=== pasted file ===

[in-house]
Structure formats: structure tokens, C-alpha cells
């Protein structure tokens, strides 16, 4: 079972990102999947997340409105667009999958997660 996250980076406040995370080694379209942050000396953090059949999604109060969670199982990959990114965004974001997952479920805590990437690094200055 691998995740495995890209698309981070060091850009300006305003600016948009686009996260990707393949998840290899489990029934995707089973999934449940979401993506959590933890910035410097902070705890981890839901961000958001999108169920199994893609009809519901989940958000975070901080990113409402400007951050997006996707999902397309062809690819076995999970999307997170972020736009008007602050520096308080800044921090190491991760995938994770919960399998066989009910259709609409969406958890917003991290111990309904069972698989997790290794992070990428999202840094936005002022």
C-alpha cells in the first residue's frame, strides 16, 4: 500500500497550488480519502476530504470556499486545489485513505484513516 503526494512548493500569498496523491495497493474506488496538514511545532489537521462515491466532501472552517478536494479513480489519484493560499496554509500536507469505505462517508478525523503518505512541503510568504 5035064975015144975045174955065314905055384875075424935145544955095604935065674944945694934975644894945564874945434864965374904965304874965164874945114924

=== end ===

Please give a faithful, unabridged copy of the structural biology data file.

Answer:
[in-house]
Structure formats: structure tokens, C-alpha cells
């Protein structure tokens, strides 16, 4: 079972990102999947997340409105667009999958997660 996250980076406040995370080694379209942050000396953090059949999604109060969670199982990959990114965004974001997952479920805590990437690094200055 691998995740495995890209698309981070060091850009300006305003600016948009686009996260990707393949998840290899489990029934995707089973999934449940979401993506959590933890910035410097902070705890981890839901961000958001999108169920199994893609009809519901989940958000975070901080990113409402400007951050997006996707999902397309062809690819076995999970999307997170972020736009008007602050520096308080800044921090190491991760995938994770919960399998066989009910259709609409969406958890917003991290111990309904069972698989997790290794992070990428999202840094936005002022």
C-alpha cells in the first residue's frame, strides 16, 4: 500500500497550488480519502476530504470556499486545489485513505484513516 503526494512548493500569498496523491495497493474506488496538514511545532489537521462515491466532501472552517478536494479513480489519484493560499496554509500536507469505505462517508478525523503518505512541503510568504 5035064975015144975045174955065314905055384875075424935145544955095604935065674944945694934975644894945564874945434864965374904965304874965164874945114924